An approach to judicial review which holds that judges should discover the general principles underlying the Constitution and its often vague language, amplify those principles on the basis of some moral or economic philosophy, and apply them to cases.
A Latin term meaning "friend of the court." Refers to interested groups or individuals, not directly involved in a suit, who may file legal briefs or oral arguments in support of one side.
A legal document submitted by lawyers to courts. It sets forth the facts of a case, summarizes any lower court decisions on the case, gives the arguments for the side represented by the lawyer filing the brief, and discusses decisions in other cases that bear on the issue.
A case brought into court by a person on behalf of not only himself or herself but all other persons in similar circumstances.
An opinion by one or more justices who agree with the majority's conclusion but for different reasons that they wish to express.
conservative/strict constructionist bloc
One of three groups of justices in the 1970s and 1980s, including Chief justice Warren Burger, who took a consistently conservative position on issues.
Lower federal courts created by Congress which exercise the judicial powers delineated in Article III of the Constitution.
courts of appeals
The federal courts that have the authority to review decisions by federal district courts, regulatory commissions, and certain other federal courts. Such courts have no original jurisdiction; they can hear only appeals.
The opinion of the justices on the losing side.
The lowest federal courts where federal cases begin. They are the only federal courts where trials are held.
in forma pauperis
A petition filed with the U.S. Supreme Court by an indigent person. The normal $300 filing fee is waived for such petitions.
The right of federal courts to declare laws of Congress and acts of the executive branch void and unenforceable if they are judged to be in conflict with the Constitution.
A lower federal court created by Congress for specialized purposes. These justices have fixed terms of office, can be removed from office, and may have their salaries reduced while in office.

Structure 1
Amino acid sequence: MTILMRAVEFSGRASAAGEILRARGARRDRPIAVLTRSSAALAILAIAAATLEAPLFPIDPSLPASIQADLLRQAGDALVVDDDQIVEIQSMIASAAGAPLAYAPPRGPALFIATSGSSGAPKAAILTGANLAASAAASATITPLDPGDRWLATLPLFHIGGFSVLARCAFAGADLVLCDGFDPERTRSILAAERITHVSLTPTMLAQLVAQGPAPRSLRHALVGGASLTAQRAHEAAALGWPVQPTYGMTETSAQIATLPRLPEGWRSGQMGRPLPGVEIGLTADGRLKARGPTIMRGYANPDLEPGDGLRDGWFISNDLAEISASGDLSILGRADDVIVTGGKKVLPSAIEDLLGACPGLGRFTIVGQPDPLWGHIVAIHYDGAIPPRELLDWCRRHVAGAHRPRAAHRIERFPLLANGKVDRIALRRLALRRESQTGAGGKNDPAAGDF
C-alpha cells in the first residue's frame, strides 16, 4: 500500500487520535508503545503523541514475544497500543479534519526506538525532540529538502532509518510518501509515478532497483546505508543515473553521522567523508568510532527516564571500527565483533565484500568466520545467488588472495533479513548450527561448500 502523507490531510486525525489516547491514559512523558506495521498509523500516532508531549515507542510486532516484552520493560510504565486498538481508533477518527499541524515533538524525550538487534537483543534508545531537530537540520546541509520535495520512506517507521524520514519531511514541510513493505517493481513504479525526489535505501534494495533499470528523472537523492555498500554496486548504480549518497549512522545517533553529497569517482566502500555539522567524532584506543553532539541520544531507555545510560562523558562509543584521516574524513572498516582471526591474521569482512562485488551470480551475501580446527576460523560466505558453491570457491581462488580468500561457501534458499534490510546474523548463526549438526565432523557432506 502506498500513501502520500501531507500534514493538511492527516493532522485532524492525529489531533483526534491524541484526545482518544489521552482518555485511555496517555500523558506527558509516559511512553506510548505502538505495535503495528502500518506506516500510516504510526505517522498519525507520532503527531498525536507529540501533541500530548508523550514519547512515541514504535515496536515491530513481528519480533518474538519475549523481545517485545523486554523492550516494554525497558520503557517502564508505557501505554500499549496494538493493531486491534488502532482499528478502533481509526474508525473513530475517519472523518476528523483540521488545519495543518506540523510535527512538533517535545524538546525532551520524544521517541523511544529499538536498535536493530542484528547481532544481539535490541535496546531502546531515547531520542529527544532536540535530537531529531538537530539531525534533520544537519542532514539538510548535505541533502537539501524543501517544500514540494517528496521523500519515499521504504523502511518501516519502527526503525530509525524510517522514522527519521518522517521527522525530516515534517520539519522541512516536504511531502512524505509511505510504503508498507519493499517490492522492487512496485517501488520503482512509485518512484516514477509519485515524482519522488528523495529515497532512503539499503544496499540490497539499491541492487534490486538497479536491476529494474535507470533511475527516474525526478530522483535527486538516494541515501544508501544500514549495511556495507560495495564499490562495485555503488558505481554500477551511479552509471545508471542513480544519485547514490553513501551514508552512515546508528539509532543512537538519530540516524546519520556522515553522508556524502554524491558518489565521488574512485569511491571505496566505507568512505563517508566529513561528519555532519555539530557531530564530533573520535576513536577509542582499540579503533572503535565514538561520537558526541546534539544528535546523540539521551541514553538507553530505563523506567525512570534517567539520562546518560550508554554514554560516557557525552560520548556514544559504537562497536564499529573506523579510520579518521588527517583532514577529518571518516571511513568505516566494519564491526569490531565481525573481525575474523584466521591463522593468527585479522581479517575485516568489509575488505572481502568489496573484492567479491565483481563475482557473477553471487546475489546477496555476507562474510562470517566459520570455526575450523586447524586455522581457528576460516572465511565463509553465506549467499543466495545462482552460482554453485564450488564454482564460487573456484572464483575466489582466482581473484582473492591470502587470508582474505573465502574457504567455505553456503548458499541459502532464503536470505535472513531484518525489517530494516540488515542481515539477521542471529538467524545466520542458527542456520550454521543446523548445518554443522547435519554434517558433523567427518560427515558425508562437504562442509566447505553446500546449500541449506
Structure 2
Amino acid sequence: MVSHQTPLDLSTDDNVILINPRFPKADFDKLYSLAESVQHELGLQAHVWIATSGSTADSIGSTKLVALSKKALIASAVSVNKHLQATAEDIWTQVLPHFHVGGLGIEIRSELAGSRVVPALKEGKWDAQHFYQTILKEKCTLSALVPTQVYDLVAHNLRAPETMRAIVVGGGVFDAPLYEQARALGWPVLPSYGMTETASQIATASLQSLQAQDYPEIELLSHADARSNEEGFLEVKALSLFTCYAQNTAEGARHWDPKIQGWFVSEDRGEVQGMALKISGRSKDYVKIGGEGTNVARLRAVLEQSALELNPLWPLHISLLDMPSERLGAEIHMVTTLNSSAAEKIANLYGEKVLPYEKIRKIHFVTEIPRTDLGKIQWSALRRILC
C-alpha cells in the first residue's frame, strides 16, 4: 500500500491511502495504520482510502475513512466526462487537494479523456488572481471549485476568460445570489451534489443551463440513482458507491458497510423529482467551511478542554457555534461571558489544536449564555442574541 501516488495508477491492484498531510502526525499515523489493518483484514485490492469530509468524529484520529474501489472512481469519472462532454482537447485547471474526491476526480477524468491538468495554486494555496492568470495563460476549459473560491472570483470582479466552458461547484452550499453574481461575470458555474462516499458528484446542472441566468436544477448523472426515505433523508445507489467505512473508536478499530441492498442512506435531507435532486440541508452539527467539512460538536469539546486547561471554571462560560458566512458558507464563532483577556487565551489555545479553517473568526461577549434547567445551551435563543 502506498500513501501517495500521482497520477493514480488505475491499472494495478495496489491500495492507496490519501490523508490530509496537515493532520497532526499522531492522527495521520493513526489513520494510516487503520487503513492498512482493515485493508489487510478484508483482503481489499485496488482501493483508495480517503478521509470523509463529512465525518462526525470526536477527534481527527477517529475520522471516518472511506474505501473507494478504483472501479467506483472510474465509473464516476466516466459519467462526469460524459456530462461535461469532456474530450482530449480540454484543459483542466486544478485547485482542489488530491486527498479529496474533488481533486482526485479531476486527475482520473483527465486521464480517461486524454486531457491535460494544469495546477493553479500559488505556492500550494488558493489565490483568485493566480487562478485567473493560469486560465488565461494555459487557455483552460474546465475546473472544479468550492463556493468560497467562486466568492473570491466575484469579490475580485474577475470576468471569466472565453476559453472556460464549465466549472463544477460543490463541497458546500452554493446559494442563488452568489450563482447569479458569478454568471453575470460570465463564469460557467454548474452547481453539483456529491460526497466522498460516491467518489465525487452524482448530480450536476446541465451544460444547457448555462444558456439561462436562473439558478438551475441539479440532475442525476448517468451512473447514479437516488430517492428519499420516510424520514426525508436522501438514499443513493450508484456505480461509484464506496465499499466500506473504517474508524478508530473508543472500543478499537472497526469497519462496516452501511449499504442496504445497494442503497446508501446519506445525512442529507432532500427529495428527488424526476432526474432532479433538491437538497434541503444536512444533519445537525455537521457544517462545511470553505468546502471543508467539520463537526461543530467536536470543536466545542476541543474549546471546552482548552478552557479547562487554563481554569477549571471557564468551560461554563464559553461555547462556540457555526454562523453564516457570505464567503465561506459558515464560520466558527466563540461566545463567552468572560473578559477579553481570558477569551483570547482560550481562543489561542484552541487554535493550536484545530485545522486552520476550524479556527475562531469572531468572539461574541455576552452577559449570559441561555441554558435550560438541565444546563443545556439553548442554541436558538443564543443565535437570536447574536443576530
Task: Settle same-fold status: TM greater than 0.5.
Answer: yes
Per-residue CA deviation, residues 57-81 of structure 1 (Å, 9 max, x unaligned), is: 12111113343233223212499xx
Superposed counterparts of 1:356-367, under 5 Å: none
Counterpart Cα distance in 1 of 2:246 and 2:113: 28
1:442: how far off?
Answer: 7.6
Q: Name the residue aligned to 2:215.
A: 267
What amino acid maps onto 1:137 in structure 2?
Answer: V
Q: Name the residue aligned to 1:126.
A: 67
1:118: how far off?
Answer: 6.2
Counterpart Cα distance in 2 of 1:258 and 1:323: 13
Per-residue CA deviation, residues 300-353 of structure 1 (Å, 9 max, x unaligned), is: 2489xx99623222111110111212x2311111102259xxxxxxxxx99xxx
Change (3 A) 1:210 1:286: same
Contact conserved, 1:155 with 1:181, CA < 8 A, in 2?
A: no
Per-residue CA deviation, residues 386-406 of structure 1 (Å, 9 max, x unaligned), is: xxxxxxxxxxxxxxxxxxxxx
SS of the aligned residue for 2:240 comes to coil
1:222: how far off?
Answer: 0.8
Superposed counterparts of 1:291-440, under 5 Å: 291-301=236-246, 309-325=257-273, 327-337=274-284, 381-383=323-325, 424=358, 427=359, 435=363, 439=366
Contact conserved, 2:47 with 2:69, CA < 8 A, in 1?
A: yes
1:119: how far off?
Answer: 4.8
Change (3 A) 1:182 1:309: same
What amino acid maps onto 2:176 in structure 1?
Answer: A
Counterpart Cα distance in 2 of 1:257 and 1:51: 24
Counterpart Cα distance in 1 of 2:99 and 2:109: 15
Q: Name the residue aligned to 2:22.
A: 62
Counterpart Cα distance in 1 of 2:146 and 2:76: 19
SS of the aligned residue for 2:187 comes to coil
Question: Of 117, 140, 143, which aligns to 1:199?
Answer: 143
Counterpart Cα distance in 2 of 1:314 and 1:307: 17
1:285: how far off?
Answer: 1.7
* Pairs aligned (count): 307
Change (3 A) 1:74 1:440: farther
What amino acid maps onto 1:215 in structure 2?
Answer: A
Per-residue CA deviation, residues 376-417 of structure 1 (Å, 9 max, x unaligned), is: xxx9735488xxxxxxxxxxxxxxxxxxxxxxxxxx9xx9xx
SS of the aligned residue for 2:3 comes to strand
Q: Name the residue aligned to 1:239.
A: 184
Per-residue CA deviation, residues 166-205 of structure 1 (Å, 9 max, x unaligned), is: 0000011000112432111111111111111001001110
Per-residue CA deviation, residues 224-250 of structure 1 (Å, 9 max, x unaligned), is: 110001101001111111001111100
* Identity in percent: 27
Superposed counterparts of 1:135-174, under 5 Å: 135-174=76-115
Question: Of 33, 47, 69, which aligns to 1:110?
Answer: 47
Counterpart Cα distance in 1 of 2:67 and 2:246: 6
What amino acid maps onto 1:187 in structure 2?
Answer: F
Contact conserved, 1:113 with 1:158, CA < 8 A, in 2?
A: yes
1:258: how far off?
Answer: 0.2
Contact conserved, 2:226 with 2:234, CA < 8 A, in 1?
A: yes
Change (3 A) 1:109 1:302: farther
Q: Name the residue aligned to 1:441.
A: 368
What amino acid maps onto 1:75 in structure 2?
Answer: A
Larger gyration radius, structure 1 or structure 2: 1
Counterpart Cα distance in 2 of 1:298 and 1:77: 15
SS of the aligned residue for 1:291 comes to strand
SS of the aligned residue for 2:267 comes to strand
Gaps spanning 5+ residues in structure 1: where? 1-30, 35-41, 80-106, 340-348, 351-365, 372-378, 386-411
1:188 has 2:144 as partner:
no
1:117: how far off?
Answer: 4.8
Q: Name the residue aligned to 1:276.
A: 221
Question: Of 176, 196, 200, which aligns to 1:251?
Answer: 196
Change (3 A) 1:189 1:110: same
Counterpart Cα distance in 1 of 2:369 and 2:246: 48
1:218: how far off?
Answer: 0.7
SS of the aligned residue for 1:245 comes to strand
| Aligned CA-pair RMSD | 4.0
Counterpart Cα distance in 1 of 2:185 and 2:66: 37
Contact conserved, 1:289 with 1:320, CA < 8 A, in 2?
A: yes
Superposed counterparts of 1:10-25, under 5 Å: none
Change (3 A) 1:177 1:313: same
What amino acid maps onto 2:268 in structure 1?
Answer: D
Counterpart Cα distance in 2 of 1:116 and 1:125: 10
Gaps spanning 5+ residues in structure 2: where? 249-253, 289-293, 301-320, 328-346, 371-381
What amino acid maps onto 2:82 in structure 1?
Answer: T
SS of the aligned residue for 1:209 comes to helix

A test of ideological purity used by recent presidents in selecting and senators in confirming judges to nominate to federal courts.
Marbury v. Madison
A decision of the Supreme Court written by Chief justice John Marshall in 1803 which interpreted the Constitution as giving the Supreme Court the power to declare an act of Congress unconstitutional. This decision is the foundation of the federal judiciary's power of judicial review.
The party that initiates a suit in law.
An issue that the Court refuses to consider because it believes the Constitution has left it entirely to another branch to decide. Its view of such issues may change over time, however.
The tradition by which the Senate will not confirm a district court judge if the senator who is from that state and of the president's party objects.
strict constructionist approach
An approach to judicial review which holds that judges should confine themselves to applying those rules that are stated in or clearly implied by the language of the Constitution.
writ of certiorari
An order issued by the Supreme Court granting a hearing to an appeal. A vote of four justices is needed to issue the writ. Only about 3 or 4 percent of all appeals are accepted.
Jurisdiction conferred by the Constitution on federal courts to hear cases involving citizens of different states. The matter, however, must involve more than $50,000, and even then the parties have the option of commencing the suit in state court.